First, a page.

Shift from fossils to renewables will save $12 trillion by 2050
Replacing fossil fuels with renewable energy will save countries at least US$12 trillion by 2050, an Oxford University research team reports. The study concludes that “the decarbonization of the energy system will not only see a major reduction in the cost of producing and distributing energy, but will also help expand energy access around the planet.”
Carbon capture and storage: a necessary evil?
We are in the middle of an historic energy crisis. Recently, news headlines have been overwhelmed by commentaries on the price of energy across Europe, driving governments like Canada’s to make sweeping statements about the future of natural gas and hydrogen. Many of these new climate plans are predicated upon carbon capture and storage technologies.
Paris Marx: Improving the world is a political project, not a technological one
Paris Marx is one of the leading authorities on all things “tech.” As host of the award-winning Tech Won’t Save Us podcast and author the upcoming Verso book Road to Nowhere: What Silicon Valley Gets Wrong about the Future of Transportation, Marx expertly dissects the countless promises—and far more often, failures—of Elon Musk, Mark Zuckerberg, and fads like cryptocurrency and the Metaverse.
The false hope of carbon capture and storage
Do we need carbon removal? Almost certainly, but not because we need to offset “hard-to-decarbonize” industries: we need it because we’ve already disrupted the climate to dangerous levels. Just ask any of the billion people who just endured a 50 degree heatwave on the Indian subcontinent. But the far higher priority is immediate and rapid decarbonization and an end to fossil fuel expansion.
Huawei ban undermines Canadian and world security
Far from ensuring the safety of Canadians, the government’s prohibition against Huawei and ZTE dangerously aligns Canada with the NSA and other members of the Five Eyes spy network. This coalition of settler-colonial states may parade as the epitome of liberal democracy, but in fact it is based on the ongoing sagas of Indigenous dispossession and the imposition of empire on subject peoples in the Global South.
Who watches the watchers?
With automated systems already trained on inaccurate data—Russia as the trial ground—“publisher classification” systems for analyzing, reporting, targeting and removing dissenting voices, accounts and publications set a dangerous precedent for tracking and blacklisting voices that challenge Canadian foreign policy online with accusations of “fake news.”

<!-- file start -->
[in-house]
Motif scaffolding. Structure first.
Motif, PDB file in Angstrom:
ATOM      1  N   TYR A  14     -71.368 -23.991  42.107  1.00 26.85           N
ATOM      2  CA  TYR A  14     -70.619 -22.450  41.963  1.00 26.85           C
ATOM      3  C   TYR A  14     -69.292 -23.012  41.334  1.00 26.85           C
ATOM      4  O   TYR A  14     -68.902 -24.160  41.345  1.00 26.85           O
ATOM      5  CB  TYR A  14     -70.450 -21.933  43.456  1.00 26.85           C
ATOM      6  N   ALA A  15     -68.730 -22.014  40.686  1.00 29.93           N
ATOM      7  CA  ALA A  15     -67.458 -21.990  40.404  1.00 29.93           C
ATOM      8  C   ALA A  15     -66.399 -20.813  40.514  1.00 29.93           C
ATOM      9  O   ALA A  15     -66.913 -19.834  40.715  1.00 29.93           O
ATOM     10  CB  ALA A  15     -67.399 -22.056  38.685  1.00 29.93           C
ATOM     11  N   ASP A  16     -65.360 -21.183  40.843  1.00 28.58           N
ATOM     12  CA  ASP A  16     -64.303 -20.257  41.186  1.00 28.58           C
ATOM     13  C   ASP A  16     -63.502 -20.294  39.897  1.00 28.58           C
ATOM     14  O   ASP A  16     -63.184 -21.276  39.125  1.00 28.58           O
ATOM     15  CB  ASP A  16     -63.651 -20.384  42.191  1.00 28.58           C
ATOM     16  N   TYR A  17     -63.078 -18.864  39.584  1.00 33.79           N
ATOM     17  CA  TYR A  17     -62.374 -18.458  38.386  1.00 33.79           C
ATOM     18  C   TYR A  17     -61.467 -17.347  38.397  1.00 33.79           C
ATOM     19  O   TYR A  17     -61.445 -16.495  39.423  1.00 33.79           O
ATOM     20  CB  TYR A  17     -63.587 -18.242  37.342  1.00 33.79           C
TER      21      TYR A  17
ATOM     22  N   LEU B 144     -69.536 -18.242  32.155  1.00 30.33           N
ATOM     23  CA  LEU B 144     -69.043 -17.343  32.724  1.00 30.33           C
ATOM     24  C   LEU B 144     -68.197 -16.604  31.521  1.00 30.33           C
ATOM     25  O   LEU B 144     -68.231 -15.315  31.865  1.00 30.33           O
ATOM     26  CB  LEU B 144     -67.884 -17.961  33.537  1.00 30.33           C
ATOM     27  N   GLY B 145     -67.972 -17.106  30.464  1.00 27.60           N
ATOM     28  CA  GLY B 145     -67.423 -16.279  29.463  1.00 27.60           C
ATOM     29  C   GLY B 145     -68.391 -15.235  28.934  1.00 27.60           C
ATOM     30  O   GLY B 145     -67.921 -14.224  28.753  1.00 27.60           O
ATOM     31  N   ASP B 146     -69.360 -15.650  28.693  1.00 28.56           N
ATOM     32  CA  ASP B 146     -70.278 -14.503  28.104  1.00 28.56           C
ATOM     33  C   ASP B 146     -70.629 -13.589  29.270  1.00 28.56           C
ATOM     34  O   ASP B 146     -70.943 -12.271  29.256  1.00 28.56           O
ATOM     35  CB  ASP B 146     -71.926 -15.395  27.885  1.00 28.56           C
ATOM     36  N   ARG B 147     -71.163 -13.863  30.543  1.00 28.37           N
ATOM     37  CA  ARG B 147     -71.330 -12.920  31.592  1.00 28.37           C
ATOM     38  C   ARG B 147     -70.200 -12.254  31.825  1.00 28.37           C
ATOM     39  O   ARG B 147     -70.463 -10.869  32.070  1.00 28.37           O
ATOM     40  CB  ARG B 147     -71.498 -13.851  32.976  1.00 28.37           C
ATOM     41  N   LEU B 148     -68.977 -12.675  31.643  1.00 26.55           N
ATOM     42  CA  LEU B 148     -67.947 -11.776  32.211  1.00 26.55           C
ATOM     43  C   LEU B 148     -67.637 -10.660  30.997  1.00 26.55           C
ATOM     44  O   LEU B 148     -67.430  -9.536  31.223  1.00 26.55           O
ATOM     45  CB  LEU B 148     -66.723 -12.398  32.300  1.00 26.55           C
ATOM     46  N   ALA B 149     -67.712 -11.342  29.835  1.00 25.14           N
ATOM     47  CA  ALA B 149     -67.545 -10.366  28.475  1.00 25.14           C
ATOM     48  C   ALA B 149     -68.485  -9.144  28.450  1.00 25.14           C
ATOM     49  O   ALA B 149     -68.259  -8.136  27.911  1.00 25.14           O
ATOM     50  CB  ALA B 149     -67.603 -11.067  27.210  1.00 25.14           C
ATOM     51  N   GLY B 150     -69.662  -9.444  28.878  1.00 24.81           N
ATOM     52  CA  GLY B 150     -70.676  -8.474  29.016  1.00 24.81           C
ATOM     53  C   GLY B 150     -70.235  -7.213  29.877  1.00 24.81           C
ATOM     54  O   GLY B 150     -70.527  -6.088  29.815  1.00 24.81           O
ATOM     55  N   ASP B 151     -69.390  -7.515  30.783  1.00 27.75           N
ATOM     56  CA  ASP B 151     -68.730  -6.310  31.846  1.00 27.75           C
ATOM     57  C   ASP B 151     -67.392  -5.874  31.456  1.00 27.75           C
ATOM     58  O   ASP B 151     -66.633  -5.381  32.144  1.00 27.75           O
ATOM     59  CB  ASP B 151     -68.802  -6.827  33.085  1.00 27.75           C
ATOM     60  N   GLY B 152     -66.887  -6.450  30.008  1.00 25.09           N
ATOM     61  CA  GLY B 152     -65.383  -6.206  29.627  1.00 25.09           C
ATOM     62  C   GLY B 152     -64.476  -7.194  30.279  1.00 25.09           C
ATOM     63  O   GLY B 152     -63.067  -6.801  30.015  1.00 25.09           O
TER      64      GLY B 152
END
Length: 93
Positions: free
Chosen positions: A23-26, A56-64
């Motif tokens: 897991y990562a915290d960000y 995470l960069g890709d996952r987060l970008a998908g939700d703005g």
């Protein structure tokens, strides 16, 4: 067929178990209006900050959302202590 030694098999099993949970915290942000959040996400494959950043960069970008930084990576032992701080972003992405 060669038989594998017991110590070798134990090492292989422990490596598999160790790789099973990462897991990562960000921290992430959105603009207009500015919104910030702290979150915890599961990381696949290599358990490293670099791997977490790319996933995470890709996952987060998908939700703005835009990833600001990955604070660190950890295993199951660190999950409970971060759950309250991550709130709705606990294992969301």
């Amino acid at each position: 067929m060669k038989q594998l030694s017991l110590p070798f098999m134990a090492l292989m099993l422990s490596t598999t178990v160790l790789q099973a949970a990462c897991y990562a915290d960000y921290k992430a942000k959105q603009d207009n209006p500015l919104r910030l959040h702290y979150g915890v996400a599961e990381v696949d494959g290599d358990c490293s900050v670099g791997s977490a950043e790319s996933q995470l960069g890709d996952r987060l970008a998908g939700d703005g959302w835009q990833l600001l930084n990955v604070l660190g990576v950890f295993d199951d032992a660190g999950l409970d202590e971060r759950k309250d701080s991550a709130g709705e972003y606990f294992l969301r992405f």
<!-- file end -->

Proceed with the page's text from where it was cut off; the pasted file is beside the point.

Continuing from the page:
The shape of cyberpunk to come
Cyberpunk 2077 may have squandered an opportunity to provoke thought, but cyberpunk never had the power to save us. A slick, shiny new computer game is no replacement for supporting your community, organizing in your workplaces and challenging the powers of capital wherever they rear their heads. Power stays with us as long as we have the strength, will and vision to use it.
Trudeau’s 2030 climate plan looks for solutions in all the wrong places
On March 29, the Government of Canada released its new emissions reduction plan. The document is filled with spending promises and ambitious targets, but it’s important to step back and ask whether anything about the plan is achievable. The report outlines how Canada will, “reduce emissions across the entire economy to reach our emissions reduction target of 40 to 45 percent below 2005 levels by 2030.”
Why poorer nations aren’t falling for green-washed imperialism
Addressing climate without energy justice is only a new version of colonialism, even if it’s clothed in green. In the words of Vijaya Ramachandran, director for energy and development at the Breakthrough Institute, “Pursuing climate ambitions on the backs of the poorest people in the world is not just hypocritical—it is immoral, unjust, and green colonialism at its worst.”
Canada’s nuclear legacy
The extraction of Canadian radium by Eldorado Gold Mines Ltd. (later Eldorado Mining & Refining Ltd.) began with the exploitation of Dene land and labour on the coasts of Great Bear Lake and saw its calamitous fruition in the nuclear bombings of Hiroshima and Nagasaki, a still misunderstood act of barbarism that was only made possible with massive supplies of Canadian resources.
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